COPENHAGEN, (Reuters) – The United States will help to mobilise $100 billion a year by 2020 to help poor countries combat climate change, Secretary of State Hillary Clinton said on Thursday in a gesture aimed at breaking deadlock in UN talks.
But she added conditions including that the world works out a “strong accord” to combat global warming at U.N. talks in Copenhagen ending on Friday and that China offers transparency in the way that it curbs emissions.
“In the context of a strong accord, in which all major economies stand behind meaningful mitigation actions and provide full transparency as to their implementation, the United States is prepared to work with other countries toward a goal of jointly mobilising $100 billion a year by 2020 to address the climate change needs of developing countries,” she told a news conference.
“We expect this funding will come from a wide variety of sources, pubvlic and private, bilateral and multilateral, including alternative sources of finance,” she said. “This will include a significant focus on forestry and adaptation, particularly…for the most vulnerable among us,” she said. But she said China had to drop its opposition to allowing measurement, reporting and verification of its emissions curbs.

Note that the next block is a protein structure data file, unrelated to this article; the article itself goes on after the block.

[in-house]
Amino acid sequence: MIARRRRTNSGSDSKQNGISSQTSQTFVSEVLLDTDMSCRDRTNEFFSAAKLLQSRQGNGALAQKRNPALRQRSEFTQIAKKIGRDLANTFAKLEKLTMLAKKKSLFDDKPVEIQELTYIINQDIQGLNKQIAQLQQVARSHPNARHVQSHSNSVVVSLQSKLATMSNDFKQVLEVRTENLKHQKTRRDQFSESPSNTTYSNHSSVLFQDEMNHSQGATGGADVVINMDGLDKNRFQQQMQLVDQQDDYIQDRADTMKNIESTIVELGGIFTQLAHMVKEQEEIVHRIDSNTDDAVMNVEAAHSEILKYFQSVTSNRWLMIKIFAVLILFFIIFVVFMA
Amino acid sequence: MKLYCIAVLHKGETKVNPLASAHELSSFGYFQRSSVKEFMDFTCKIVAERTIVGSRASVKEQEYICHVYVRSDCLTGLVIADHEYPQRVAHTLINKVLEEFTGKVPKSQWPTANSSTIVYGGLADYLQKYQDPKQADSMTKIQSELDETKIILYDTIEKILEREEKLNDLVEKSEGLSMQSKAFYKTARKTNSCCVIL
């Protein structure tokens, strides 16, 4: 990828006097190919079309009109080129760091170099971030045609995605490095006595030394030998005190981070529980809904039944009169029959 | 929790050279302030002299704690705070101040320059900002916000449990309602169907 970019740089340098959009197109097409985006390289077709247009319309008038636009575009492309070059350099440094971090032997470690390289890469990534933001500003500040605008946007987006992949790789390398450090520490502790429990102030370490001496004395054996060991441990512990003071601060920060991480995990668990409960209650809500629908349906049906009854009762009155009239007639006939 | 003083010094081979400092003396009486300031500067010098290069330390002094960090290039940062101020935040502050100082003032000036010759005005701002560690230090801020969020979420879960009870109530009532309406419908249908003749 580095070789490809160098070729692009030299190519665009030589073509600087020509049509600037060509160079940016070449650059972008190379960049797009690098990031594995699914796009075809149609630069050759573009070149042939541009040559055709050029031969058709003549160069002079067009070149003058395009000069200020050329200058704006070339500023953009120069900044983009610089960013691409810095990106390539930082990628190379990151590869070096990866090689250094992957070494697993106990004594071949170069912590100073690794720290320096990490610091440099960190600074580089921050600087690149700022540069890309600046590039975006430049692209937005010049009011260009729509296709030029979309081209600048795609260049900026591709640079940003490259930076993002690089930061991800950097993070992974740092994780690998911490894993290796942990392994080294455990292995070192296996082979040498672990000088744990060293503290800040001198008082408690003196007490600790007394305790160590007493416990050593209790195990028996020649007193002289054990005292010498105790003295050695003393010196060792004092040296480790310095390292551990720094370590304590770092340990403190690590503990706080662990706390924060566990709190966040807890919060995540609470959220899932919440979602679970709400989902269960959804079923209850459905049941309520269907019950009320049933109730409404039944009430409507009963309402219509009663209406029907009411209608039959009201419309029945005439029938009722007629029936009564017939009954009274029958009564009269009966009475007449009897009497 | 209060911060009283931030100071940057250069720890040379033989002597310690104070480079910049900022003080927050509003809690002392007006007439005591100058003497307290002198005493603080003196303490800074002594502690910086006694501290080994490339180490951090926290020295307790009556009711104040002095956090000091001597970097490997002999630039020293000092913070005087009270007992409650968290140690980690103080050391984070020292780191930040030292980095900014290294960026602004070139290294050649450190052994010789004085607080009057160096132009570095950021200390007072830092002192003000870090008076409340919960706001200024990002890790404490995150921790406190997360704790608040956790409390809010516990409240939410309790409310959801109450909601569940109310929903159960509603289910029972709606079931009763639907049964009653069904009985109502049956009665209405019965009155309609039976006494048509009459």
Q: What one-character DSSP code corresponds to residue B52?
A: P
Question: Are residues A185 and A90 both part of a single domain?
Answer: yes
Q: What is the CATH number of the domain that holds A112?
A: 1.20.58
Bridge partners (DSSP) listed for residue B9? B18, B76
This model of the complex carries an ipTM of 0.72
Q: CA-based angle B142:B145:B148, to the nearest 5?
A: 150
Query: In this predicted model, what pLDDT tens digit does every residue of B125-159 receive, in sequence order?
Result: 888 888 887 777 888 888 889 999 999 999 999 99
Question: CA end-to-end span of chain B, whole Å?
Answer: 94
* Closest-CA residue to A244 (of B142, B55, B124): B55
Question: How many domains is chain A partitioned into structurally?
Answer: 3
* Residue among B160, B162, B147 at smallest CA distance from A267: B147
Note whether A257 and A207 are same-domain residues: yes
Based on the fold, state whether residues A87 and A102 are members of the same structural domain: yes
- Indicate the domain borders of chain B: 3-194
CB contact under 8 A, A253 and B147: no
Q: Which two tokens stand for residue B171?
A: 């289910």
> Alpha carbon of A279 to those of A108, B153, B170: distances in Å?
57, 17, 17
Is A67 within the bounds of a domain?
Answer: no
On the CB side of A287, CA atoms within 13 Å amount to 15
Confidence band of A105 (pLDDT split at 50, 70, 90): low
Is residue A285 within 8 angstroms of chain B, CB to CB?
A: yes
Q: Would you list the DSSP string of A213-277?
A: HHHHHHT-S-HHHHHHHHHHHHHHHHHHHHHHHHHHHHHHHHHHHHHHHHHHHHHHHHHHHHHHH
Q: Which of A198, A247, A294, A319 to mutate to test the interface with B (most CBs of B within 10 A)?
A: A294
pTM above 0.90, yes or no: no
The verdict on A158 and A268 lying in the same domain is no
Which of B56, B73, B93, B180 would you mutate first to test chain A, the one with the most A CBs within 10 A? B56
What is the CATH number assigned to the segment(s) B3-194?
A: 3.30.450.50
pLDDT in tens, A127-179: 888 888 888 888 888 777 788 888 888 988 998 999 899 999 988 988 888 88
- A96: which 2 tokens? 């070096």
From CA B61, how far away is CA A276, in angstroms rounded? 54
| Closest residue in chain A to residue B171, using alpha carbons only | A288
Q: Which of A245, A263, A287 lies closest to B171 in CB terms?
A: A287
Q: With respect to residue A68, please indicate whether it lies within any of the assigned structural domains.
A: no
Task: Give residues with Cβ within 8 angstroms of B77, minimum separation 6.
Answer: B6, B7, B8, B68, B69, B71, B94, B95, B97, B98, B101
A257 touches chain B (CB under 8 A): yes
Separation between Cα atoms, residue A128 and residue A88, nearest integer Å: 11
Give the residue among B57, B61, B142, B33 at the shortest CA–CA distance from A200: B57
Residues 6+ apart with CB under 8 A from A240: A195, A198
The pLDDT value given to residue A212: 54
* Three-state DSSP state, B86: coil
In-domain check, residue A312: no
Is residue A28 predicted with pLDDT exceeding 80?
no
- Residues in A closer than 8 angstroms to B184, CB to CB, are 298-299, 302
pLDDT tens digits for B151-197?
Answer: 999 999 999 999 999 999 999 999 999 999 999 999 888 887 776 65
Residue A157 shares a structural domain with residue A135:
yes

“It would be hard to imagine, speaking for the United States, that there could be the legal or financial commitment that I’ve just announced in the absence of transparency from the second biggest emitter, and now the I guess the first biggest,” she said. “There has to be a willingness to move toward transparency in whatever forum we finally determine is appropriate. So if there is not even a commitment to pursue transparency that’s kind of a dealbreak for us,” she said.